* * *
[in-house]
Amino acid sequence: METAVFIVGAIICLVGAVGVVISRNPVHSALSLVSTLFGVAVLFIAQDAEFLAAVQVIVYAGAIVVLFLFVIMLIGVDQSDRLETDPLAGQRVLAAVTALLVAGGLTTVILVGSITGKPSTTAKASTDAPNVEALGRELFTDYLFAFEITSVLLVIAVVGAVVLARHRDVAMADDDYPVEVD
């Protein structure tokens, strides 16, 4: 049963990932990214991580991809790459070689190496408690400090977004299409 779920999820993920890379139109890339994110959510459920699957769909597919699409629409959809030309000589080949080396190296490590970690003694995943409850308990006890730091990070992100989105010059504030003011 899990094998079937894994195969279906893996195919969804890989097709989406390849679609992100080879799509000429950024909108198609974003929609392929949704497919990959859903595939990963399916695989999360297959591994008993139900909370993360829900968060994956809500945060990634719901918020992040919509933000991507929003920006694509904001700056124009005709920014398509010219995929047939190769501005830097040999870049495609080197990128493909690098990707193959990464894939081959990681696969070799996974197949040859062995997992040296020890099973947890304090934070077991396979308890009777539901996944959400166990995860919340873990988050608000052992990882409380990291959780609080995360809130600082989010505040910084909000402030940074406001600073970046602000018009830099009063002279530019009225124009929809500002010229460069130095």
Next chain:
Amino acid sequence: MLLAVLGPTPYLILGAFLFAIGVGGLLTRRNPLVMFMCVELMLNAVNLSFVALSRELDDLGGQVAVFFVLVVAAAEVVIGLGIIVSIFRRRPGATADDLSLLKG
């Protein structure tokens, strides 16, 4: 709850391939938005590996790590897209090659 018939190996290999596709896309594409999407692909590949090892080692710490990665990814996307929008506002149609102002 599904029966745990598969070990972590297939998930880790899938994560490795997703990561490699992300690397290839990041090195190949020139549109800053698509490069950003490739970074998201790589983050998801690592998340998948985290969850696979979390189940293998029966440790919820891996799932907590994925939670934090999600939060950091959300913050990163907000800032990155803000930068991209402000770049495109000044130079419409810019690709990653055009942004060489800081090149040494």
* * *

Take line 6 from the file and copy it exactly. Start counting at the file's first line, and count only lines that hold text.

């Protein structure tokens, strides 16, 4: 709850391939938005590996790590897209090659 018939190996290999596709896309594409999407692909590949090892080692710490990665990814996307929008506002149609102002 599904029966745990598969070990972590297939998930880790899938994560490795997703990561490699992300690397290839990041090195190949020139549109800053698509490069950003490739970074998201790589983050998801690592998340998948985290969850696979979390189940293998029966440790919820891996799932907590994925939670934090999600939060950091959300913050990163907000800032990155803000930068991209402000770049495109000044130079419409810019690709990653055009942004060489800081090149040494």